VR Days Europe’s Virtual Dioramas Exhibition Looks to Redefine Immersive Art
Six Dutch artists created pieces for VR Church.
This week VR Days Europe has returned to Amsterdam, Holland for another three-day event featuring talks, investor pitches, hands-on demos and more. As part of the event, starting today and running for the next couple of weeks is the Virtual Dioramas exhibition as part of VR Church, and VRFocus went along to check out the exhibits.
VR Church is all about showcasing the best in interactive storytelling, with featured projects from around the world. Virtual Dioramas is an offshoot of this, and the first time the exhibition has been held. Located at the Eye Filmmuseum, these six exhibits are solely by Dutch artists, creating immersive scenes which blend new media with traditional techniques.
Die Fernweh Oper by Daniel Ernst and performed by Annina Giere is a piece filled with tragedy like every great opera. Split into three scenes, the first takes you into an opera hall to hear a 50ft singer called Asteria sing for you and your foolish love for her. She is made of starlight and just like any star you see at night what you glimpse is light that has long since faded. The opera then moves into Asteria’s abandoned dressing room before the final scene visiting the custodian who replaces the stars which have died.
As you’d expect, the piece is dramatic and wonderful to listen to, with the audio quality of HTC Vive Pro really shining through thanks to Giere’s voice.
Then there was Superfund Diorama by Lotje van Lieshout. She paints panoramic landscapes and the exhibition hand one on the wall. Nearby was a device most easily described as a sort of periscope on a monopod – called a Gyrotopioscope. With a handle each side of the box, you could then peer into Lieshout’s painting, a combination of oil painting and computer-generated animation. Offering an intriguing way to view artwork.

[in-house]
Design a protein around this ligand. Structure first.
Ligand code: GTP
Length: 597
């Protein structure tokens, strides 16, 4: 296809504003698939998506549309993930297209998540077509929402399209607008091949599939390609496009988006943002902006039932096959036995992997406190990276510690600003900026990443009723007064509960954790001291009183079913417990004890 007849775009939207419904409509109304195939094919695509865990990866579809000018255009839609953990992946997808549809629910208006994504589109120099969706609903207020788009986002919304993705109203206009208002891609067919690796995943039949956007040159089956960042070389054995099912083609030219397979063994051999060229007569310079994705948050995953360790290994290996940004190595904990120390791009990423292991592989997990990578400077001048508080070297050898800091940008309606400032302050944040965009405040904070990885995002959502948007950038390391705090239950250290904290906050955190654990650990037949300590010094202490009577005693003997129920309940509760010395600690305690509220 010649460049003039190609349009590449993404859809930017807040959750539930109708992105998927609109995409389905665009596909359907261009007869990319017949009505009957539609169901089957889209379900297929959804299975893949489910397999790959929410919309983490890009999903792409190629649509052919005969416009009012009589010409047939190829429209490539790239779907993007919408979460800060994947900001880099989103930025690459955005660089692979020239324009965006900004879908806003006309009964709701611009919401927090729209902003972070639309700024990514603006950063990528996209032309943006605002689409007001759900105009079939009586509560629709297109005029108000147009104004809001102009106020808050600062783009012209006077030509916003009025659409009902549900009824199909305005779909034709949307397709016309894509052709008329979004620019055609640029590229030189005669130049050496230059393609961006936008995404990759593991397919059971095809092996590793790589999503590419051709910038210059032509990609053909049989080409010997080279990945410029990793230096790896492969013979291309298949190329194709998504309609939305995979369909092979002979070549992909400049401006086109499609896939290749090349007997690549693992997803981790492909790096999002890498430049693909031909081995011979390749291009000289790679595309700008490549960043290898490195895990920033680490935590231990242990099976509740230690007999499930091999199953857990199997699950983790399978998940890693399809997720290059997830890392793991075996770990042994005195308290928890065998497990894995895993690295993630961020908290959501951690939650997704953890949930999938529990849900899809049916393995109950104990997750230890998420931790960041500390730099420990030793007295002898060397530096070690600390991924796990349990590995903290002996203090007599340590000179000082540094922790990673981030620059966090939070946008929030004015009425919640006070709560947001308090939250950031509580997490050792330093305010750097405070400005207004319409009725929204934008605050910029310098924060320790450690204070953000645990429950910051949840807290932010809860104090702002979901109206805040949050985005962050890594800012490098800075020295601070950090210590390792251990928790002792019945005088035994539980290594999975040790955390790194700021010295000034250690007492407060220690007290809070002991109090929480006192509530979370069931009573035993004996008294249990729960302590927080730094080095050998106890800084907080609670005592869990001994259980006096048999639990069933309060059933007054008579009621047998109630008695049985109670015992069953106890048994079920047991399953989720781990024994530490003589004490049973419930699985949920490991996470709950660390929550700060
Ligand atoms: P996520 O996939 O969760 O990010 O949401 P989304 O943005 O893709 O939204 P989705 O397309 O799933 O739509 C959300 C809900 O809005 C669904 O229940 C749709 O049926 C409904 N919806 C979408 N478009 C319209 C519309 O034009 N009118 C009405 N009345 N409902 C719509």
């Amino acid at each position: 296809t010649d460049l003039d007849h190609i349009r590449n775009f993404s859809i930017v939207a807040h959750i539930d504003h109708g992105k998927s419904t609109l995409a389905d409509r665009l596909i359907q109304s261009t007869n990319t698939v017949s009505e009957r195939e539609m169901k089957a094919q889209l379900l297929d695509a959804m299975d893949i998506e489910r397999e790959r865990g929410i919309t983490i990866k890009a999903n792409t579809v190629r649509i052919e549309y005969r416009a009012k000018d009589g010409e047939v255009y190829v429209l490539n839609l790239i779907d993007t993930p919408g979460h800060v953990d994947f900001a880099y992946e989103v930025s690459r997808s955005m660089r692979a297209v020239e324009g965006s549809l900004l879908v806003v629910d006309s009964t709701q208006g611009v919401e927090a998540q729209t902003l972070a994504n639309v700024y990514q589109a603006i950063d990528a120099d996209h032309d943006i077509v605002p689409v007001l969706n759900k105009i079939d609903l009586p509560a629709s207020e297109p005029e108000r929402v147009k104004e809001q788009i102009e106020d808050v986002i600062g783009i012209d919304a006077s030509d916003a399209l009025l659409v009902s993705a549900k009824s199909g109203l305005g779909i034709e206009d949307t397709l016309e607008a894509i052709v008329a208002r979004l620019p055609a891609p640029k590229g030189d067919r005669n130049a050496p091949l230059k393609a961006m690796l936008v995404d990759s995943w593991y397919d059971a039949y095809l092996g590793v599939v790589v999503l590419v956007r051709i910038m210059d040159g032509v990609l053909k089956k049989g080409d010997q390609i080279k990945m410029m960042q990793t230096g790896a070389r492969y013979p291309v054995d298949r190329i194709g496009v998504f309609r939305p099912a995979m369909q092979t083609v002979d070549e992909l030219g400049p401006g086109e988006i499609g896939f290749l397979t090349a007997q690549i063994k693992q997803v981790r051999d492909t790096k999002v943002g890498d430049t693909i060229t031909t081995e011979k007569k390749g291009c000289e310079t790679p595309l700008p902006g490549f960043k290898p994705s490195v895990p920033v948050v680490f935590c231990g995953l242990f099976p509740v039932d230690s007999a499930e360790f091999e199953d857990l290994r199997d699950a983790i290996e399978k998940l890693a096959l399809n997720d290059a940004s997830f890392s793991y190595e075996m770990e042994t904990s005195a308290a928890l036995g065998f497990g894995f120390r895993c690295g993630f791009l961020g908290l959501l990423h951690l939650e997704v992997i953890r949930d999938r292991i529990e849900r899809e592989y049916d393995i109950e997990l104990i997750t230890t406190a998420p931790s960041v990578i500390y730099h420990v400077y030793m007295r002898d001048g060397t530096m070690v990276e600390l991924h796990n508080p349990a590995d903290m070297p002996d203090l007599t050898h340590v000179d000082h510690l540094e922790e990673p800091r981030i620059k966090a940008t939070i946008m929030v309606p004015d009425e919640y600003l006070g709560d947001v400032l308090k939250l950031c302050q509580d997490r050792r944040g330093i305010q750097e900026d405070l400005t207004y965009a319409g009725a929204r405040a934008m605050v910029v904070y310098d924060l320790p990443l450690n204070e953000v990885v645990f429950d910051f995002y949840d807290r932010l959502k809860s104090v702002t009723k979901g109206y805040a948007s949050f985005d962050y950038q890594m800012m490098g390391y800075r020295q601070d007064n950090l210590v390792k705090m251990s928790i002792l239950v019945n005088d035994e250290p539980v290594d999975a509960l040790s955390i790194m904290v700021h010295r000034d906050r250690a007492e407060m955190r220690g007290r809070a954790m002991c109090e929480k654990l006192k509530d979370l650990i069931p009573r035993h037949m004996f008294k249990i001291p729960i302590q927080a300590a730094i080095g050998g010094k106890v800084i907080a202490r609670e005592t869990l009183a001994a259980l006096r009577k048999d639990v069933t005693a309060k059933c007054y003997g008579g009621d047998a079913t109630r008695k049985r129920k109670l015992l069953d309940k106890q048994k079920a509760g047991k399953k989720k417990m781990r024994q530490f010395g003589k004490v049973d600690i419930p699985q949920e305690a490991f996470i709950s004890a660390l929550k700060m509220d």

One of the standout pieces was The Exhibition by Jasper de Beijer, an experience putting you inside an ever-changing museum. An ethnographic museum show, the route that you choose dictates the content of the exhibition. After viewing one diorama and then moving to the next you can then turn around to see it swapped out for another and then another. This process continues, offering evermore elaborate scenes. The entire experience wouldn’t be out of place in somewhere like the Natural History Museum, offering a thoroughly engaging experience.
As mentioned, Virtual Dioramas is on for a few weeks if you want to check it out. For further VR Days Europe updates, keep reading VRFocus.